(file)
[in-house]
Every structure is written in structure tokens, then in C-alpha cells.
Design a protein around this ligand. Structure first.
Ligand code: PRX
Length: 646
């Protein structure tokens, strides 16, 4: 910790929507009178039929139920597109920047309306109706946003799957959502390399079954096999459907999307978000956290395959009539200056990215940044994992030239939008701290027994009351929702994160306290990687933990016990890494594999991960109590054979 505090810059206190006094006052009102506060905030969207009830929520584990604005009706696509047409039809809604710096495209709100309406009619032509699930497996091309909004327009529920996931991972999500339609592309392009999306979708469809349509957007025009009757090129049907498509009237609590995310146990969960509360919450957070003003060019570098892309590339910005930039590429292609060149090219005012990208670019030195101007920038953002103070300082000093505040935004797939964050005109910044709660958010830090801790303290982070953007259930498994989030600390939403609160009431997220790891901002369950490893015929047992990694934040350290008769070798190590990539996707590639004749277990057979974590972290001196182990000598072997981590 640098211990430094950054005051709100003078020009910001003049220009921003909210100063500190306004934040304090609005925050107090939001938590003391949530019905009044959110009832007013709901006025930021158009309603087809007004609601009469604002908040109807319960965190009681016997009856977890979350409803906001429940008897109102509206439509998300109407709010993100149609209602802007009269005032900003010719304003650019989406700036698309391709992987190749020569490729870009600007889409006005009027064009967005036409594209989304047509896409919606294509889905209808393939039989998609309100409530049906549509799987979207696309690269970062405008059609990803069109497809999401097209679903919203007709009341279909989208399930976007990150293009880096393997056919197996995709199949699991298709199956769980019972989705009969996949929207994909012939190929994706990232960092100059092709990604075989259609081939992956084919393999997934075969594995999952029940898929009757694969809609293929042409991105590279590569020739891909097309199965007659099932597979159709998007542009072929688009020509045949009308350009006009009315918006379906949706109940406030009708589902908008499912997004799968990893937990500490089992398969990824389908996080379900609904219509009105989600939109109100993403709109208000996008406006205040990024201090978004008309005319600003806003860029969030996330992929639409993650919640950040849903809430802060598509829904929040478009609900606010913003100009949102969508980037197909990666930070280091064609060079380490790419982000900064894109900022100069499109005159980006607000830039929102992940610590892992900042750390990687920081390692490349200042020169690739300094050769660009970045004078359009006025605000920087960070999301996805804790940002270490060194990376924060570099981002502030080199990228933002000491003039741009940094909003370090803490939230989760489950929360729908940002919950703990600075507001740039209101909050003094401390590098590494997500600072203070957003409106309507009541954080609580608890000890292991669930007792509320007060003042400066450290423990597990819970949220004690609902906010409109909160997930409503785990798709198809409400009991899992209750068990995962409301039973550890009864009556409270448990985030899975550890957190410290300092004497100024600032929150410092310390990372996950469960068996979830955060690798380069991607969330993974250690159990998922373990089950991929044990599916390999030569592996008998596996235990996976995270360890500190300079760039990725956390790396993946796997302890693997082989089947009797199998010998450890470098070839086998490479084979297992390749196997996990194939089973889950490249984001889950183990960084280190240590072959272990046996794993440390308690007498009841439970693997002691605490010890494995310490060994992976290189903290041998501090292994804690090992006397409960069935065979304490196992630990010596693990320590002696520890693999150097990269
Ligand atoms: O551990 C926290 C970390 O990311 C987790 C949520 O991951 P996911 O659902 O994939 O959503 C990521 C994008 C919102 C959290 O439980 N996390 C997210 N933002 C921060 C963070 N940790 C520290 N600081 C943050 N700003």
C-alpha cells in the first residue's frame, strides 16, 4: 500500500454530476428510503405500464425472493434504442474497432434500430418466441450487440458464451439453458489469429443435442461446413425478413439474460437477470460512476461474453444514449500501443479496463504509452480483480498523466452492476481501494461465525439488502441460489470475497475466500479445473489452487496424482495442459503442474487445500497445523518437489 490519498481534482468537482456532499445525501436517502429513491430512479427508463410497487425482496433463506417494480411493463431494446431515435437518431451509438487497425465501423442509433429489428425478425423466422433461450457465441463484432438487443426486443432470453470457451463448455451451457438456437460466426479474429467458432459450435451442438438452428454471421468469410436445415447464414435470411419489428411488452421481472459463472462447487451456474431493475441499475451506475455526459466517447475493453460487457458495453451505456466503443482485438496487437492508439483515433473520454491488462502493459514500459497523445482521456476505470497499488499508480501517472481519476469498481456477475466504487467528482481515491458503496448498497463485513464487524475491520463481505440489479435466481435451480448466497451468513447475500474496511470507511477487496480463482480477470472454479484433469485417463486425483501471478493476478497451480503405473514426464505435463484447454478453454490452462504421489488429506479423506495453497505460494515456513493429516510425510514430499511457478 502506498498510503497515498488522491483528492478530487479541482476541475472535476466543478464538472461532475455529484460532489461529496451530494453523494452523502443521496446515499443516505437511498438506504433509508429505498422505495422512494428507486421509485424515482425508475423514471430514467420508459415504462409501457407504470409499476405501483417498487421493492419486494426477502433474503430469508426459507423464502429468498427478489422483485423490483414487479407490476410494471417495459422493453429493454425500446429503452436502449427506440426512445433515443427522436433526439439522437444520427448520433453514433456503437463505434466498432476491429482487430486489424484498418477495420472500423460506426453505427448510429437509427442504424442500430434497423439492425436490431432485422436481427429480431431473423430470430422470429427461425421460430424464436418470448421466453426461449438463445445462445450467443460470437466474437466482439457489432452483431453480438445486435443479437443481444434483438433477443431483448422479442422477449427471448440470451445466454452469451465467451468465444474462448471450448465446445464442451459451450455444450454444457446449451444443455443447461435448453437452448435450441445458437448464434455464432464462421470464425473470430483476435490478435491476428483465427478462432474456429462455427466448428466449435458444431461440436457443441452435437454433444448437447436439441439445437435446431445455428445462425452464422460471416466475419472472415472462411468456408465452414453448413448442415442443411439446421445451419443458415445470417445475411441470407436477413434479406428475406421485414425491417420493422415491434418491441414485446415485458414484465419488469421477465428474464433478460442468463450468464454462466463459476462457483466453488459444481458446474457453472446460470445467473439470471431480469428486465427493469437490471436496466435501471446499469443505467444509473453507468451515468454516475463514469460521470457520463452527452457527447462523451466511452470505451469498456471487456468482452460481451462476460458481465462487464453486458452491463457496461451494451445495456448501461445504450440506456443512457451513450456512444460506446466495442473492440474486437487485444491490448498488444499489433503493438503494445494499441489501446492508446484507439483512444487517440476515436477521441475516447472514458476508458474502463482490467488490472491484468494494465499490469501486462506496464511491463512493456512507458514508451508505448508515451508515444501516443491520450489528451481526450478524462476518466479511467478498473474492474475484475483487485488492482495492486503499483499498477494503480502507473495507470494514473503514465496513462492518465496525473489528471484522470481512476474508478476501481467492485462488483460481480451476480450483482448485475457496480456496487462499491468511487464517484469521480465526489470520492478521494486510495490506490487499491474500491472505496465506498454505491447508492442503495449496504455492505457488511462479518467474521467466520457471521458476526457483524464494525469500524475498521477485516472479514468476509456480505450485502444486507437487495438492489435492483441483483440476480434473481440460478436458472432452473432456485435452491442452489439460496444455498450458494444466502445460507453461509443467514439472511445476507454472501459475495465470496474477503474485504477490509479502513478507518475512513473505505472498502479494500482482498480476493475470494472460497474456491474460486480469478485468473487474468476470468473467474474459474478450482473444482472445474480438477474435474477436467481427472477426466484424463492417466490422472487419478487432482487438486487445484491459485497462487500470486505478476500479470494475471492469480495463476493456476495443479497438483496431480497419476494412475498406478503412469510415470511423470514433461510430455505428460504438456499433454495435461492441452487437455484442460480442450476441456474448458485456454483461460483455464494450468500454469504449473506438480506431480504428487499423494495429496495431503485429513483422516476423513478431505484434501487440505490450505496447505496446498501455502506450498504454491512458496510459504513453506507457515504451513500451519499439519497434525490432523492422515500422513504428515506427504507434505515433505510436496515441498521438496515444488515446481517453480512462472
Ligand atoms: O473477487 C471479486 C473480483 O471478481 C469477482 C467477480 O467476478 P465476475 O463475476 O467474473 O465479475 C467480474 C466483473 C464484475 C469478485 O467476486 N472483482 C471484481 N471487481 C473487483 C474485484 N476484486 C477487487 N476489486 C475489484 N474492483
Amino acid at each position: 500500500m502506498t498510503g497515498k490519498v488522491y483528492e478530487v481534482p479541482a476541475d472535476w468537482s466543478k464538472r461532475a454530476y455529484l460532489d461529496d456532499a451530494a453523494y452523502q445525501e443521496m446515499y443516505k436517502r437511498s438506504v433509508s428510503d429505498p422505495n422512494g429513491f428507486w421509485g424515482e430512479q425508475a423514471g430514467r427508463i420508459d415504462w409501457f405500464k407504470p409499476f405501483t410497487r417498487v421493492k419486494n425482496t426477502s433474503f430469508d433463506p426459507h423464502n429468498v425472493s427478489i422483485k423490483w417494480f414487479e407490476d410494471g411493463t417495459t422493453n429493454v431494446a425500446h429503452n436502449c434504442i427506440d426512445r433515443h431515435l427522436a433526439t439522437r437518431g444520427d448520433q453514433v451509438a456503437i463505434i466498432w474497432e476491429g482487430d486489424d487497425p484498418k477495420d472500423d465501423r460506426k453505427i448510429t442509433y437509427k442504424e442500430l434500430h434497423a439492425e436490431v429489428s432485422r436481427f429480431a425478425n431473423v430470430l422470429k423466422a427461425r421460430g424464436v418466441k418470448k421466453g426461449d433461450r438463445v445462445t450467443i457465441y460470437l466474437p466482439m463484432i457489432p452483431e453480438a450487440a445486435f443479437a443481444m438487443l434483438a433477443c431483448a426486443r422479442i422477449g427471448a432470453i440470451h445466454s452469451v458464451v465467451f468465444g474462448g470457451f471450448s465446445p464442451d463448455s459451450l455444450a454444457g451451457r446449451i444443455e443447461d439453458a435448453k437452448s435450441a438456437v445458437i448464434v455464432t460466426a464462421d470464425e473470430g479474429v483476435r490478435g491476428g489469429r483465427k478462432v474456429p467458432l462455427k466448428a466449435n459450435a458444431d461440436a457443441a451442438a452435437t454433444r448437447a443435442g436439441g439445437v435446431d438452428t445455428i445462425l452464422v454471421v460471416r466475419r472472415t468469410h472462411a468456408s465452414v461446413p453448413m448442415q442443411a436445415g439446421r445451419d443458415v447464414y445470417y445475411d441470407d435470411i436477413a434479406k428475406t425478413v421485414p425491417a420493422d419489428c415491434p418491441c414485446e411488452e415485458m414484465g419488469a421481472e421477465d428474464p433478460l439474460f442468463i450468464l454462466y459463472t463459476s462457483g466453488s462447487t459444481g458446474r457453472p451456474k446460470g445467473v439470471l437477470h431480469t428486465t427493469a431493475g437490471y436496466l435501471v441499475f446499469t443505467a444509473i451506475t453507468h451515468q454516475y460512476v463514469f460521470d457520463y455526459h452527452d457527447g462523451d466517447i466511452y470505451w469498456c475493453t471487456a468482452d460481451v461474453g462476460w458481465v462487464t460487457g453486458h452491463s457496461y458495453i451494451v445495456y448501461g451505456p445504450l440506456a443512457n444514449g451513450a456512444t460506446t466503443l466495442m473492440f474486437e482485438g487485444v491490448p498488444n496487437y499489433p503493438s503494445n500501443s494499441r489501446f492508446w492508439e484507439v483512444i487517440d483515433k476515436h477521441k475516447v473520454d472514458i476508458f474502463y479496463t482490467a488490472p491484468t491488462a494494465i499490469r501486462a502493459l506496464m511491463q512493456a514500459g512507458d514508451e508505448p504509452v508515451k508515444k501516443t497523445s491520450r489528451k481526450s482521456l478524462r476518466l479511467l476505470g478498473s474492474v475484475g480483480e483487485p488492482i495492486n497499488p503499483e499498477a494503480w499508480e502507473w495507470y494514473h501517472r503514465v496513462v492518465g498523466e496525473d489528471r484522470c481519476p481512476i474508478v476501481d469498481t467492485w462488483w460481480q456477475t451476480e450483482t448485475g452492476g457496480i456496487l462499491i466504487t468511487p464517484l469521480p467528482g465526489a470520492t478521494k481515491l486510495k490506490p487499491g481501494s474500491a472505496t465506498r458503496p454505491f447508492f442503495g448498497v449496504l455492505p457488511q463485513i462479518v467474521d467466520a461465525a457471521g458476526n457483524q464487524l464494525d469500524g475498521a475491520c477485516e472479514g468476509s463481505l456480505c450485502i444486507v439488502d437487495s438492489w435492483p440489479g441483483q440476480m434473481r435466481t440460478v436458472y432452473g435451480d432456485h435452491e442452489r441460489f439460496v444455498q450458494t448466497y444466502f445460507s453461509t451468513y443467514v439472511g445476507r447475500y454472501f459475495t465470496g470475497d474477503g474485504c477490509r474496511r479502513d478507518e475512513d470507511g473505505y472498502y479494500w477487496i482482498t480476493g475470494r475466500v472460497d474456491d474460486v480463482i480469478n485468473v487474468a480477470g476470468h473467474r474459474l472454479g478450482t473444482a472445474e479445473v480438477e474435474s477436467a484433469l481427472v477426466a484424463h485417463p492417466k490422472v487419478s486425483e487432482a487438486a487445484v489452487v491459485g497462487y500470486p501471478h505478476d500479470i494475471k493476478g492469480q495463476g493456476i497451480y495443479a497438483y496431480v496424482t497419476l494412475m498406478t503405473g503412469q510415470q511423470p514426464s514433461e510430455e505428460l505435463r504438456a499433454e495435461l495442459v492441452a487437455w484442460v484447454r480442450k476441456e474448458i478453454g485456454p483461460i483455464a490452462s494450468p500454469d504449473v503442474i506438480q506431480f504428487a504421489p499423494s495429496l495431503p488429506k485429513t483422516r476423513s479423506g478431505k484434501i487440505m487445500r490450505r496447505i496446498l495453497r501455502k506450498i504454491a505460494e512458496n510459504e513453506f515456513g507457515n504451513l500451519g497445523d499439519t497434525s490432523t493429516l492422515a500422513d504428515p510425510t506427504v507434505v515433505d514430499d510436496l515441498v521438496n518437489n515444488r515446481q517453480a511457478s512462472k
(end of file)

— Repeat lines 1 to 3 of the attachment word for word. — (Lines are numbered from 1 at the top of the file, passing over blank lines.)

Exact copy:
[in-house]
Every structure is written in structure tokens, then in C-alpha cells.
Design a protein around this ligand. Structure first.